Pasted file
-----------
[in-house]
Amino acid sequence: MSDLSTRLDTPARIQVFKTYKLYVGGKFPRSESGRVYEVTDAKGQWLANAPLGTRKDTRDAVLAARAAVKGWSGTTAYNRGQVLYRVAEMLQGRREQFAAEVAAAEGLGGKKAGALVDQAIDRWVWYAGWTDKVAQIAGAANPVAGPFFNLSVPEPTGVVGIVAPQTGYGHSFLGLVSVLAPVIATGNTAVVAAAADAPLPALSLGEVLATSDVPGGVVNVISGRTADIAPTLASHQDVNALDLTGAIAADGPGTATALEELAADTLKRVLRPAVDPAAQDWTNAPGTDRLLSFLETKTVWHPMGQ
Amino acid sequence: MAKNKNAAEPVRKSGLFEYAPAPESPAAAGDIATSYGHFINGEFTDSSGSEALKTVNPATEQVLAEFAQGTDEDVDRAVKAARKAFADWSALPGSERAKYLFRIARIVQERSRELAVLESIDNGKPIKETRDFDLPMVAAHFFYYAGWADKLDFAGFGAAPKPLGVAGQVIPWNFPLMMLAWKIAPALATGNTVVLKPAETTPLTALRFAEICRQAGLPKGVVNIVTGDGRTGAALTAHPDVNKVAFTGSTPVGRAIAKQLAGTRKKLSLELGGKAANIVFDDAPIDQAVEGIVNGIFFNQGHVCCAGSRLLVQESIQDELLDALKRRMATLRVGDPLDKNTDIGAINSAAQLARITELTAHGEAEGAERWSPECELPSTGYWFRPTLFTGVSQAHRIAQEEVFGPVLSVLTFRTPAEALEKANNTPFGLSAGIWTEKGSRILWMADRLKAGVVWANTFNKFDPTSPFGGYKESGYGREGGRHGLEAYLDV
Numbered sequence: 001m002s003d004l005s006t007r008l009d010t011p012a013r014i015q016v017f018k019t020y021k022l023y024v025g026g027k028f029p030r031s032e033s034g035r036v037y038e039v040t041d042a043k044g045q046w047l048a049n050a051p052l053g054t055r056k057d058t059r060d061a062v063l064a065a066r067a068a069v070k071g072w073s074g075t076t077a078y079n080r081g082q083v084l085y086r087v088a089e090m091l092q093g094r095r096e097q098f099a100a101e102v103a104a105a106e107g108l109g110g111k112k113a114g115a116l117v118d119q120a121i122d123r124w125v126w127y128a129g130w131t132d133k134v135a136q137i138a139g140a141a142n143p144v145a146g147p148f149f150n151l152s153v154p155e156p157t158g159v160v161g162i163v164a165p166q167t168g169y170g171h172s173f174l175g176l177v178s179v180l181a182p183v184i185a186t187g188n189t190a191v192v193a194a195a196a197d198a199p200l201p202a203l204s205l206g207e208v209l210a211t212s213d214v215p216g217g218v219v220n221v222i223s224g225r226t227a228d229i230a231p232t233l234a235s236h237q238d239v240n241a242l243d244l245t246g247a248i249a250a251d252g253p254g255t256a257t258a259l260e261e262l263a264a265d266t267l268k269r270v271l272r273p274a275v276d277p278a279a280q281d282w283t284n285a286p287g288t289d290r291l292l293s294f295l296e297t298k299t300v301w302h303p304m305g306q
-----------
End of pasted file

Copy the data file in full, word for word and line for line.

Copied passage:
[in-house]
Amino acid sequence: MSDLSTRLDTPARIQVFKTYKLYVGGKFPRSESGRVYEVTDAKGQWLANAPLGTRKDTRDAVLAARAAVKGWSGTTAYNRGQVLYRVAEMLQGRREQFAAEVAAAEGLGGKKAGALVDQAIDRWVWYAGWTDKVAQIAGAANPVAGPFFNLSVPEPTGVVGIVAPQTGYGHSFLGLVSVLAPVIATGNTAVVAAAADAPLPALSLGEVLATSDVPGGVVNVISGRTADIAPTLASHQDVNALDLTGAIAADGPGTATALEELAADTLKRVLRPAVDPAAQDWTNAPGTDRLLSFLETKTVWHPMGQ
Amino acid sequence: MAKNKNAAEPVRKSGLFEYAPAPESPAAAGDIATSYGHFINGEFTDSSGSEALKTVNPATEQVLAEFAQGTDEDVDRAVKAARKAFADWSALPGSERAKYLFRIARIVQERSRELAVLESIDNGKPIKETRDFDLPMVAAHFFYYAGWADKLDFAGFGAAPKPLGVAGQVIPWNFPLMMLAWKIAPALATGNTVVLKPAETTPLTALRFAEICRQAGLPKGVVNIVTGDGRTGAALTAHPDVNKVAFTGSTPVGRAIAKQLAGTRKKLSLELGGKAANIVFDDAPIDQAVEGIVNGIFFNQGHVCCAGSRLLVQESIQDELLDALKRRMATLRVGDPLDKNTDIGAINSAAQLARITELTAHGEAEGAERWSPECELPSTGYWFRPTLFTGVSQAHRIAQEEVFGPVLSVLTFRTPAEALEKANNTPFGLSAGIWTEKGSRILWMADRLKAGVVWANTFNKFDPTSPFGGYKESGYGREGGRHGLEAYLDV
Numbered sequence: 001m002s003d004l005s006t007r008l009d010t011p012a013r014i015q016v017f018k019t020y021k022l023y024v025g026g027k028f029p030r031s032e033s034g035r036v037y038e039v040t041d042a043k044g045q046w047l048a049n050a051p052l053g054t055r056k057d058t059r060d061a062v063l064a065a066r067a068a069v070k071g072w073s074g075t076t077a078y079n080r081g082q083v084l085y086r087v088a089e090m091l092q093g094r095r096e097q098f099a100a101e102v103a104a105a106e107g108l109g110g111k112k113a114g115a116l117v118d119q120a121i122d123r124w125v126w127y128a129g130w131t132d133k134v135a136q137i138a139g140a141a142n143p144v145a146g147p148f149f150n151l152s153v154p155e156p157t158g159v160v161g162i163v164a165p166q167t168g169y170g171h172s173f174l175g176l177v178s179v180l181a182p183v184i185a186t187g188n189t190a191v192v193a194a195a196a197d198a199p200l201p202a203l204s205l206g207e208v209l210a211t212s213d214v215p216g217g218v219v220n221v222i223s224g225r226t227a228d229i230a231p232t233l234a235s236h237q238d239v240n241a242l243d244l245t246g247a248i249a250a251d252g253p254g255t256a257t258a259l260e261e262l263a264a265d266t267l268k269r270v271l272r273p274a275v276d277p278a279a280q281d282w283t284n285a286p287g288t289d290r291l292l293s294f295l296e297t298k299t300v301w302h303p304m305g306q